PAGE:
The billionaire is strongly particular about working with a team that shares his core values and aspirations.

          Branson believes that managing a business can become taxing, thus he acknowledges his employees for putting in the effort that they have.

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          A good leader knows how to raise morale for positive productivity. Utilising emotional intelligence and compassion is a game changer in seeing results within a team.

          Branson’s supports the idea of nurturing a positive work environment, with the belief that credentials must go hand-in-hand with an enthusiasm for work.

          5. Jeff Bezos: A Relentless Focus on Customer Satisfaction

            Having founded Amazon, Jeff Bezos is known to be one of America’s most successful entrepreneurs. The e-commerce pioneer fixates himself on angry customers with the belief that a business’s loopholes are found in the experiences of unsatisfied customers.

            For the 8th year in a row, customers have ranked Amazon as the number one in customer service (according to the American Customer Satisfaction Index).

            While numerous companies ignore unhappy customers, Bezos found success in learning from reviews and surveys. By focusing on customer service, Amazon shows they care, both for their customers and for rising above their competitors.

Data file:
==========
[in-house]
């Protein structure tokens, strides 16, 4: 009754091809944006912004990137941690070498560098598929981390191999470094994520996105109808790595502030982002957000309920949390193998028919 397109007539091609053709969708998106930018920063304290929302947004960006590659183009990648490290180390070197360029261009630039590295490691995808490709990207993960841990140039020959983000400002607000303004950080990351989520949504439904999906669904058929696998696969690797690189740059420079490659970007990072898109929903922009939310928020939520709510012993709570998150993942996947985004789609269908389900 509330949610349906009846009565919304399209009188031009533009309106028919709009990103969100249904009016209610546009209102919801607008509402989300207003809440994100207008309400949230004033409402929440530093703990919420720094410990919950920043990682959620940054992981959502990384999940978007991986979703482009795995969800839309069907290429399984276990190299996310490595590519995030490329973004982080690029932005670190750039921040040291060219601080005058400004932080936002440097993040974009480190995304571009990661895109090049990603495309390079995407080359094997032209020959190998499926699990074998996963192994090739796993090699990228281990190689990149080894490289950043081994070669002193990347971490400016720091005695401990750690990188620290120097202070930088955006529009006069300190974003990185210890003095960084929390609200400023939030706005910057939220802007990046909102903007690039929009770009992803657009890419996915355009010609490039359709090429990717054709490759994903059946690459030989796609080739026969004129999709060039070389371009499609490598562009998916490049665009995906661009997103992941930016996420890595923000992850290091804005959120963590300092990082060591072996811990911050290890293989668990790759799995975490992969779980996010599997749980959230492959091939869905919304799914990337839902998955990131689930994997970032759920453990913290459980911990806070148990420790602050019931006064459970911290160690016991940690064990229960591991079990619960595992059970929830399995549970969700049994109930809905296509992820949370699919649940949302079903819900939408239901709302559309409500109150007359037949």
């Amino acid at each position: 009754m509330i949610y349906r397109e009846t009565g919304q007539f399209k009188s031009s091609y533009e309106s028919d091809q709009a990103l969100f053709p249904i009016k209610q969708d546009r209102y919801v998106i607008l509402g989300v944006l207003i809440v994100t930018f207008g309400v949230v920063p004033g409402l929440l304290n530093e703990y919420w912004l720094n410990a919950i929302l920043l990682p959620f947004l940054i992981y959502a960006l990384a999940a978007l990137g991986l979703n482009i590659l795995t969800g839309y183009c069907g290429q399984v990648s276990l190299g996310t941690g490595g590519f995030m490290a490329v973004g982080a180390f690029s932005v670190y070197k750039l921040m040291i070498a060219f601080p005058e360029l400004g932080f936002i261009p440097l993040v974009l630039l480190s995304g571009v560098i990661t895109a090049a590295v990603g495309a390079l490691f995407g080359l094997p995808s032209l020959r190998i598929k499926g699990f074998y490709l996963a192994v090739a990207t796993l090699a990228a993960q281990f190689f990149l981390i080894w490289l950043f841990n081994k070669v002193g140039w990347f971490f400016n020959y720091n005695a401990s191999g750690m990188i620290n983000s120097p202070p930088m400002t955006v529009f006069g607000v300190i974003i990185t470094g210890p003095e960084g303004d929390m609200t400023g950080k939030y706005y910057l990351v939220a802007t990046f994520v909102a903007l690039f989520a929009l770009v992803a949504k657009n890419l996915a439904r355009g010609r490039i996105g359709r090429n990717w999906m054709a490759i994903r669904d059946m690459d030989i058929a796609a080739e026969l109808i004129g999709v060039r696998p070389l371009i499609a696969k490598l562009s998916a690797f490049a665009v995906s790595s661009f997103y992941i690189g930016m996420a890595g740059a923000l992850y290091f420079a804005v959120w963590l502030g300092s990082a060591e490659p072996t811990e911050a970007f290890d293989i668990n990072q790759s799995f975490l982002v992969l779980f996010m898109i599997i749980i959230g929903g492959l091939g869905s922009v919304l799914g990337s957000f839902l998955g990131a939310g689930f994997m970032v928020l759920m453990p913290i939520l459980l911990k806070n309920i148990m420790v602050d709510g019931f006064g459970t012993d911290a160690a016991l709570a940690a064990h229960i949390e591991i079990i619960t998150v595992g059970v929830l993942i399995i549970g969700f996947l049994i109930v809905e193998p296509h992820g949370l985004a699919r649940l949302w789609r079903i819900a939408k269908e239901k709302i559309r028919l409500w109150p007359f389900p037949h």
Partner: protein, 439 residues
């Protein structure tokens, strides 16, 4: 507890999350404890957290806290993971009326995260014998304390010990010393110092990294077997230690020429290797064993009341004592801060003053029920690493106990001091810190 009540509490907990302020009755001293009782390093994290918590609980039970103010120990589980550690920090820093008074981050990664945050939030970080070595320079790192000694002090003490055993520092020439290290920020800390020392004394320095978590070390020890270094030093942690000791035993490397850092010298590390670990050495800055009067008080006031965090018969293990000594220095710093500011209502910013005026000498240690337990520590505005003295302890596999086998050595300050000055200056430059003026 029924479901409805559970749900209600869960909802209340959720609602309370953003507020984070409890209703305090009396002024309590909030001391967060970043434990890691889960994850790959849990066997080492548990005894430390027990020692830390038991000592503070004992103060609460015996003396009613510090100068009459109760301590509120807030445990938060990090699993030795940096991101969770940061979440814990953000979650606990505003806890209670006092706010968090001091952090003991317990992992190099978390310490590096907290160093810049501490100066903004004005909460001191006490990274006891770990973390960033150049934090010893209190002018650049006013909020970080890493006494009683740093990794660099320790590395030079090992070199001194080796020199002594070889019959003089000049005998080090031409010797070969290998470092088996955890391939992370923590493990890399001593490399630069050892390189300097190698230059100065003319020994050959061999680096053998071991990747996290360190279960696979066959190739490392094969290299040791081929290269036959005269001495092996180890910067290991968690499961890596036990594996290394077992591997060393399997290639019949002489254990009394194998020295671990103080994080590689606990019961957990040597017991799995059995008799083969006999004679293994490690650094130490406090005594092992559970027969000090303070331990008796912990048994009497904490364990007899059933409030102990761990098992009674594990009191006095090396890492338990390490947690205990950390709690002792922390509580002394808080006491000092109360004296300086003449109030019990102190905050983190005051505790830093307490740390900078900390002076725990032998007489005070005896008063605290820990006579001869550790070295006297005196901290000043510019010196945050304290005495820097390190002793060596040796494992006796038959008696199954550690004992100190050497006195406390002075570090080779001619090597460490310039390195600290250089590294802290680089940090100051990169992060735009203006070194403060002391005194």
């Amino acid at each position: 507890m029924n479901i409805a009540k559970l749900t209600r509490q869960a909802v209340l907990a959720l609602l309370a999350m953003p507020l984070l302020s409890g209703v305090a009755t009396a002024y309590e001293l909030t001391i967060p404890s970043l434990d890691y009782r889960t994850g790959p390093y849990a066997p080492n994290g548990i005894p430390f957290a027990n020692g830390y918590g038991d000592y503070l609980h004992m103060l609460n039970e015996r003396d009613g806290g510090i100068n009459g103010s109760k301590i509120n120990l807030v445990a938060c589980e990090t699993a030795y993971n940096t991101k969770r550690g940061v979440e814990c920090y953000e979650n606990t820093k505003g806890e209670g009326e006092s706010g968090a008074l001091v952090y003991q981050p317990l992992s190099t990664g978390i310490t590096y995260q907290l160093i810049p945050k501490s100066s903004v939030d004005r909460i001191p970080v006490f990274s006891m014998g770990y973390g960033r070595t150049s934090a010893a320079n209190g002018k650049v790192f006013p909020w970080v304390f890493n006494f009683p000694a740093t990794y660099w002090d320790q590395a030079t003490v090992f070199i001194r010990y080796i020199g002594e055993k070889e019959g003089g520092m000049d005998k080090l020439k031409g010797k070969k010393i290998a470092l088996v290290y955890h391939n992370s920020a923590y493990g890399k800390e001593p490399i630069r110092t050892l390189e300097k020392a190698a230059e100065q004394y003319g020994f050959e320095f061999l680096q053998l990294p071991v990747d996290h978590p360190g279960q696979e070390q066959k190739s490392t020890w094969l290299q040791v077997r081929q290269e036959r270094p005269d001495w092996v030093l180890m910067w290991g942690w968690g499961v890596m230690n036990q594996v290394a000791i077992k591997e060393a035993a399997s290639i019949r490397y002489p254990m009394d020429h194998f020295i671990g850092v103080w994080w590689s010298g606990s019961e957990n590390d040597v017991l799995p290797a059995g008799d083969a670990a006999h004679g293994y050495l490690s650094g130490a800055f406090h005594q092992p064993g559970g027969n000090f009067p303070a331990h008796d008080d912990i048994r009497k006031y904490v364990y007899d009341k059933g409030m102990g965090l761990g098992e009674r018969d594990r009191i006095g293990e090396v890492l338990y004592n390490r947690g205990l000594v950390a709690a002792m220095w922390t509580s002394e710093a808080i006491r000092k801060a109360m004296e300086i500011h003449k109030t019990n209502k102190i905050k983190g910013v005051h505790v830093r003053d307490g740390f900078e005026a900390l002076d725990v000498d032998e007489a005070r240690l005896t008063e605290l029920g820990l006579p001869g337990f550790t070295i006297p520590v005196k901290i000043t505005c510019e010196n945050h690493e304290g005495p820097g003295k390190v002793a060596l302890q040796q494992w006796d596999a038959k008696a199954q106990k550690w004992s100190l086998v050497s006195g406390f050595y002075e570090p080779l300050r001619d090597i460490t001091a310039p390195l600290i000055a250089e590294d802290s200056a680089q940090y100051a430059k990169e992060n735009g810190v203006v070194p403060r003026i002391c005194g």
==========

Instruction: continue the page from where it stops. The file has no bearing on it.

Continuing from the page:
While praise and recognition are signs that a business is accelerating, criticism is an opportunity to improve a product or a service.

            6. Mark Zuckerberg: Start Small, Think Big

              Valued at over 55 billion dollars today, Mark Zuckerberg built the first version of what would become a social networking giant in his Harvard University dorm room. As one of the world’s youngest entrepreneurs, Zuckerberg undoubtedly took countless calculated risks to get his brilliant idea to its current status with 2.38 billion active monthly users.